And thirdly, that there were the means of making suitable provision for my daughter and for any children she might have.
Upon the first of these points there is no doubt whatever that by the laws of Spain the marriage would not be considered as valid.
This being the case, there is hardly any occasion to enter on the other two.
With every feeling therefore of respect, sir, and every assurance how much I feel the honour done me, I have but one course to take, which is most respectfully and decidedly upon my daughter's part, and by her desire, to decline the proposal you have made.
With every wish for your future prosperity, I have the honour to be, sir,.
Your faithful and obedient servant,.
(Sgd.) Spencer de Horsey (58).
The Count had no choice but to accept my decision, and one day Lord Stradbroke, Lord Combermere, and Don Francisco Merry came to interview me about my broken engagement. They brought with them a document, in which I definitely resigned all idea of marrying the Count de Montemolin (29), which they asked me to sign in their presence. I did so, and at the same time I gave them all my Royal admirer's love-letters, except those now published for the first time to prove the truth of what might otherwise be deemed a romantic fabrication.
So ended what I may term a very interesting episode. After I had signed the important document which is now deposited in the Royal Archives of Spain, the Count Montemolin (29) passed completely out of my life; he married a Royal Princess in the early 'fifties, and in 1854 the miserable King Consort of Isabella, Francisco, entered into negotiations with Montemolin (29) for a reconciliation, in order that the united family might overthrow the Liberal Ministry that then ruled Spain. This extraordinary intrigue of Isabella (17) and her husband to overthrow their own fjovernment was based upon their abdication, the recognition of Montemolin (29) as King, and the marriage of the son of the latter (if he had one) to the only child of the Queen, the Infanta Isabella, who still lives. The intrigue was delayed by the clever management of the old Queen Christina, Isabella's mother, and the rise of the Conservative party to power in 1856 made Isabella (17) and her husband ess anxious for it; but still a close understanding was kept up, and Montemolin (29) was for a time as powerful in Spain as the Queen herself. The strange conduct and bad morals of Isabella greatly strengthened Montemolin's party, and he soon began to think that he could get the throne on his own account without any understanding with the Queen and her husband. After long plotting with his adherents, and gaining the support of several generals in command of troops, Montemolin (29) determined to strike his blow in 1859. (Isabella (17) had a son now which quite altered the position.) In April 1859, Montemolin (29) and his brother Fernando, with some adherents, landed near Valencia, supported by an army of 3600 men under the Governor of Majorca, General Ortega. The affair missed fire, the troops had no love for Carlism and refused to follow. Ortega fled, was captured and shot, whilst Montemolin (29) and his brother, after hiding for some days, were driven by hunger to surrender. Their lives were spared, but they were to swear to renounce for ever their claims to the throne. As soon as this was known, the other brother, Don Juan (25), who lived in London, issued a manifesto asserting his rights, and to some extent accepting Liberalism. Montemolin (29), as soon as he arrived at Trieste, where he lived, withdrew his renunciation and repudiated his brother's claims. This caused a split in the party that only ended with the death of Montemolin (29) and his brother in the following year.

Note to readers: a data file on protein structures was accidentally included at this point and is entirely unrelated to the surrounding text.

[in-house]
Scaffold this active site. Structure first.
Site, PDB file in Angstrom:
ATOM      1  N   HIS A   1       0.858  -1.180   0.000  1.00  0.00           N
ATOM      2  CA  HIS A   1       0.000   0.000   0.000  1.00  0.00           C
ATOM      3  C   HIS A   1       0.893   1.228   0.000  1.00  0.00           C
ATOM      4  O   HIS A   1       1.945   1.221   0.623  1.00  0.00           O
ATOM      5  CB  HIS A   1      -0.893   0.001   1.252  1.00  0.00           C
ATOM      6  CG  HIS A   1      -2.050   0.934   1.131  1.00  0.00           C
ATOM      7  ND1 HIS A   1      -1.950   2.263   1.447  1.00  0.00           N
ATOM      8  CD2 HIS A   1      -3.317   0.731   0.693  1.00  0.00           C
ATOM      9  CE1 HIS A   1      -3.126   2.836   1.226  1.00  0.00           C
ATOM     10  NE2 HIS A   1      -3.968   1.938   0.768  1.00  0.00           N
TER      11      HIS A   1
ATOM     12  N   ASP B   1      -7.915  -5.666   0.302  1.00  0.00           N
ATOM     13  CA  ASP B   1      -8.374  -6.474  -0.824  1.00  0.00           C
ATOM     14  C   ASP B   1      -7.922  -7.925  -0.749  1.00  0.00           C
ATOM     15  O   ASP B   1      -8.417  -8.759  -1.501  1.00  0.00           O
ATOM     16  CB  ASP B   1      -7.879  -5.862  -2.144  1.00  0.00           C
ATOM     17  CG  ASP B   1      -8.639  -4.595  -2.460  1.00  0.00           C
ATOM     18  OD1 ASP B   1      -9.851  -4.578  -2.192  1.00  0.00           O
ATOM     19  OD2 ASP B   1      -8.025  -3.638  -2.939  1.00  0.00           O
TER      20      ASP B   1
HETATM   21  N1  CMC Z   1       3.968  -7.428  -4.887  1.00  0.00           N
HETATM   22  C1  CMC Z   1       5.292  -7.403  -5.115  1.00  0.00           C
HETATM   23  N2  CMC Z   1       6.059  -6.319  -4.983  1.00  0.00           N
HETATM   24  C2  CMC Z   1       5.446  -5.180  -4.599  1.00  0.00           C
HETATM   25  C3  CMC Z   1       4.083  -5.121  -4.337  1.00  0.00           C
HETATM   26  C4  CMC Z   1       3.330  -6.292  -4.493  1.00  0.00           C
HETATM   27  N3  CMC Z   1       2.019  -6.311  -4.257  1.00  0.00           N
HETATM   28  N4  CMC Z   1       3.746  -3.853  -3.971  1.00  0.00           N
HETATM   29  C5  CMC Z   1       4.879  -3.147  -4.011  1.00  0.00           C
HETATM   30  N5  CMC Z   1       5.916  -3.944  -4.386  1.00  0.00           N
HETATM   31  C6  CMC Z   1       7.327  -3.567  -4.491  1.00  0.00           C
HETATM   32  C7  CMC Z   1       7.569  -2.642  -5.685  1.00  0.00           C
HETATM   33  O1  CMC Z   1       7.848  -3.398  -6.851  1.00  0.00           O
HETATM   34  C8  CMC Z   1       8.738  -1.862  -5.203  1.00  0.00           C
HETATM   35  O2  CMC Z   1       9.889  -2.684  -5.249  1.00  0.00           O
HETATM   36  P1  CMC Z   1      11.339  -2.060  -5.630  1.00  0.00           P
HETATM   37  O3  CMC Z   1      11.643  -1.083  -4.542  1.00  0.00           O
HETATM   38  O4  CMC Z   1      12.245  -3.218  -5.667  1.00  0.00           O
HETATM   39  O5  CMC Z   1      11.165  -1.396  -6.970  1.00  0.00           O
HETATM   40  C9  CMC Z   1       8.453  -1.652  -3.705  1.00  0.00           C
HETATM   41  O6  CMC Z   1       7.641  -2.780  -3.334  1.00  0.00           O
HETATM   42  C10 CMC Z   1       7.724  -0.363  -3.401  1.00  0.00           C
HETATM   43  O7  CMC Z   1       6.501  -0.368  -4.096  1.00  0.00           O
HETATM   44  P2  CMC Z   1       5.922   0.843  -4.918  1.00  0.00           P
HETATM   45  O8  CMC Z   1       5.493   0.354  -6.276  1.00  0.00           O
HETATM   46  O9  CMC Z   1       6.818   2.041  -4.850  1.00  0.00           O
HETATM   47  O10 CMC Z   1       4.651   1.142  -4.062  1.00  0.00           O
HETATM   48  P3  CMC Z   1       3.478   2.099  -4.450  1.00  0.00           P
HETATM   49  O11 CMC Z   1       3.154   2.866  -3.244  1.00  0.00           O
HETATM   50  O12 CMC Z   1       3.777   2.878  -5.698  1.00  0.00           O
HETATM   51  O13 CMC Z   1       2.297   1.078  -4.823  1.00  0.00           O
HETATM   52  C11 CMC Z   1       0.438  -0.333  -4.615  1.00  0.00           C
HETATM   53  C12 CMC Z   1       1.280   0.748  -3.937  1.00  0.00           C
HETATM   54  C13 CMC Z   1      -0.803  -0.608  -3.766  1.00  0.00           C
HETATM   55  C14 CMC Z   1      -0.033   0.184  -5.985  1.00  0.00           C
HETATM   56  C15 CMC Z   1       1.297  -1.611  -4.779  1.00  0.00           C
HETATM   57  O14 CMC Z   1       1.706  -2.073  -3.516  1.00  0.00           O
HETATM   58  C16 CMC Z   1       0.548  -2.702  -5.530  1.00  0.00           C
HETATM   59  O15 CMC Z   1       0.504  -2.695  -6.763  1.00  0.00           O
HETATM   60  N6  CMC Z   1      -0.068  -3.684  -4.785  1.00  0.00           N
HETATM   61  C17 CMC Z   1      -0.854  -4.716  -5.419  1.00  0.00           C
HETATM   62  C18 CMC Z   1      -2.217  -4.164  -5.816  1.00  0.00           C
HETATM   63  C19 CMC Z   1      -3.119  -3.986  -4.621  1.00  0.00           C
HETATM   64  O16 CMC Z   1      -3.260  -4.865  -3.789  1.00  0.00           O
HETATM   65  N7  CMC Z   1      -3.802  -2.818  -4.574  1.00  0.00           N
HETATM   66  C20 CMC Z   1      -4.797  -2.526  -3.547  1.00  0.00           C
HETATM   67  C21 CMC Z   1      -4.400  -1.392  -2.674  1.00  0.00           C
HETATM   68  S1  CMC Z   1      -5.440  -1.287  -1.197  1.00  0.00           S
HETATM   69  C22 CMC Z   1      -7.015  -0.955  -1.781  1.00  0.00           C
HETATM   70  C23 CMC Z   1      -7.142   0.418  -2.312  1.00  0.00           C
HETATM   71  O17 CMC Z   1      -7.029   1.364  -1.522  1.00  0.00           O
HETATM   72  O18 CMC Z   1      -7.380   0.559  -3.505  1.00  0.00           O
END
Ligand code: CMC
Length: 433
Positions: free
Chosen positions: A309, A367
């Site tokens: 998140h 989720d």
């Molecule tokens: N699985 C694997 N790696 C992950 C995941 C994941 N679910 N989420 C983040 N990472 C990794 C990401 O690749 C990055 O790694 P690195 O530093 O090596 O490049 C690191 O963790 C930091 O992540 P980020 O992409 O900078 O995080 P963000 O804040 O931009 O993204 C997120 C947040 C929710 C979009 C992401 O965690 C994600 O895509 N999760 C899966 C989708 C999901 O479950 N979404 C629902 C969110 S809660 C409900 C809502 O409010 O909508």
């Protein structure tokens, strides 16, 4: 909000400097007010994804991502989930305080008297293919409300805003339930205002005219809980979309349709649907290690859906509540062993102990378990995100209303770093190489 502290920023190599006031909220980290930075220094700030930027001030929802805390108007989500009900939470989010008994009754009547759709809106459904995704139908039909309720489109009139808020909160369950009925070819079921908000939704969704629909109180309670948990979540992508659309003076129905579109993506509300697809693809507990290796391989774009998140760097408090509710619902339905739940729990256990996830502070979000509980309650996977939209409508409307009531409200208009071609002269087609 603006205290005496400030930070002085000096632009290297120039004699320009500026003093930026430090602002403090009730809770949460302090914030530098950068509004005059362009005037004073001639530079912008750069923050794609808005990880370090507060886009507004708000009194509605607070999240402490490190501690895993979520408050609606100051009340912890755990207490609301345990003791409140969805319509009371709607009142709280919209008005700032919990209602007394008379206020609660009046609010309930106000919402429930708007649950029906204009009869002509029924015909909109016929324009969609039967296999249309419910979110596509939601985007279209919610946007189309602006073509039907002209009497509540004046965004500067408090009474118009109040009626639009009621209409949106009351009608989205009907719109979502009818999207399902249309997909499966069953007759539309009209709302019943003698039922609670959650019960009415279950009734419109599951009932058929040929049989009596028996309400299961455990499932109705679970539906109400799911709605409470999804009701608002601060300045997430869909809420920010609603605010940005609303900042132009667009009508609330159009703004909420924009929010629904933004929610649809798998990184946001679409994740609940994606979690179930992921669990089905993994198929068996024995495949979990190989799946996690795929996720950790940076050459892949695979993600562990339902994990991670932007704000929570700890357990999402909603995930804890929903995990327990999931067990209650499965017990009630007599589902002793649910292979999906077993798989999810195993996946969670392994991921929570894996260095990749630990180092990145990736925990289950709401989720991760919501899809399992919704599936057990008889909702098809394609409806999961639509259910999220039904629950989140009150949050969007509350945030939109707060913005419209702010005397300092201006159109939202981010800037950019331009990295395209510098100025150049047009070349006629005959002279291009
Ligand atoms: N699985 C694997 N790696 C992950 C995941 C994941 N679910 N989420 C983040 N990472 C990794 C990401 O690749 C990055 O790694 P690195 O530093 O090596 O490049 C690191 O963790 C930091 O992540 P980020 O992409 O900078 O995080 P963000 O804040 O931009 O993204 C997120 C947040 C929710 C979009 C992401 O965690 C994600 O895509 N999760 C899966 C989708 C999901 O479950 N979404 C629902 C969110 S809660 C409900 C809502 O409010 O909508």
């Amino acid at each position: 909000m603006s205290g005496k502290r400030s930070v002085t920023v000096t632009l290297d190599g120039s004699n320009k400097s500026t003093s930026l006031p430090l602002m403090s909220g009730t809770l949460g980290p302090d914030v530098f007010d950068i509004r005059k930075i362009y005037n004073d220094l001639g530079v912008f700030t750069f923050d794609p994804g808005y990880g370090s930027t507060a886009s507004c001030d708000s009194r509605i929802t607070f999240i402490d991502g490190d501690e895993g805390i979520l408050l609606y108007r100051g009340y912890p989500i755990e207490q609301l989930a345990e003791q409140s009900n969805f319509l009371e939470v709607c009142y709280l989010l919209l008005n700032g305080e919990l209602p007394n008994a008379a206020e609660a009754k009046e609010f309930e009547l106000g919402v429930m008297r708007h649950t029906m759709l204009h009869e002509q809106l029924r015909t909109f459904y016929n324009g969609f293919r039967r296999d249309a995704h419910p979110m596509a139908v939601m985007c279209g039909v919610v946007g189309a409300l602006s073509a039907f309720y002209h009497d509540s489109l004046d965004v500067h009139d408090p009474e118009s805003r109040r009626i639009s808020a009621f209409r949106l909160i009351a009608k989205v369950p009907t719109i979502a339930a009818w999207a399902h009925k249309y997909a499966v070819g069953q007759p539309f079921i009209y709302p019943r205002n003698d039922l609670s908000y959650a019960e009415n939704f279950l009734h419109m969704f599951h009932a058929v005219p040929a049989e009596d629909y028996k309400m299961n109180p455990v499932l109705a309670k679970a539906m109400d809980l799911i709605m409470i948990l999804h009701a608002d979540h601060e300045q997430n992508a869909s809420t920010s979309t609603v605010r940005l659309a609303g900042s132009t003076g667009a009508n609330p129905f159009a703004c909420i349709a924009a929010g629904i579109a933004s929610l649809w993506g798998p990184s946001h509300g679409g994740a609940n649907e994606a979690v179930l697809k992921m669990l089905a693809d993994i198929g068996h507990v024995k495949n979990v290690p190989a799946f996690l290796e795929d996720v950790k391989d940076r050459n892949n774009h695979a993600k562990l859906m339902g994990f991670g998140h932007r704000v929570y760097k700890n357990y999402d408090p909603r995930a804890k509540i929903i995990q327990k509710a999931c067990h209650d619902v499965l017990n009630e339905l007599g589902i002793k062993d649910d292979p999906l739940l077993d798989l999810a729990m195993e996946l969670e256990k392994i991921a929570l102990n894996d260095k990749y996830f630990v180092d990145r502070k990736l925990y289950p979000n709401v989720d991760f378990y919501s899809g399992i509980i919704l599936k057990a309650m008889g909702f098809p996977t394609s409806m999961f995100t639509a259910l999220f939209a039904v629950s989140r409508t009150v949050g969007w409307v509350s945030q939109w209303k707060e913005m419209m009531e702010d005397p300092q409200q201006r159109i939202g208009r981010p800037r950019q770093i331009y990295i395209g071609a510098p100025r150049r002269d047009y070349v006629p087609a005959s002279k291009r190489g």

I remember Lord Cardigan telling me that their deaths were attributed to poison, but as fever was given out as being the cause, the real solution of the mystery will never be known.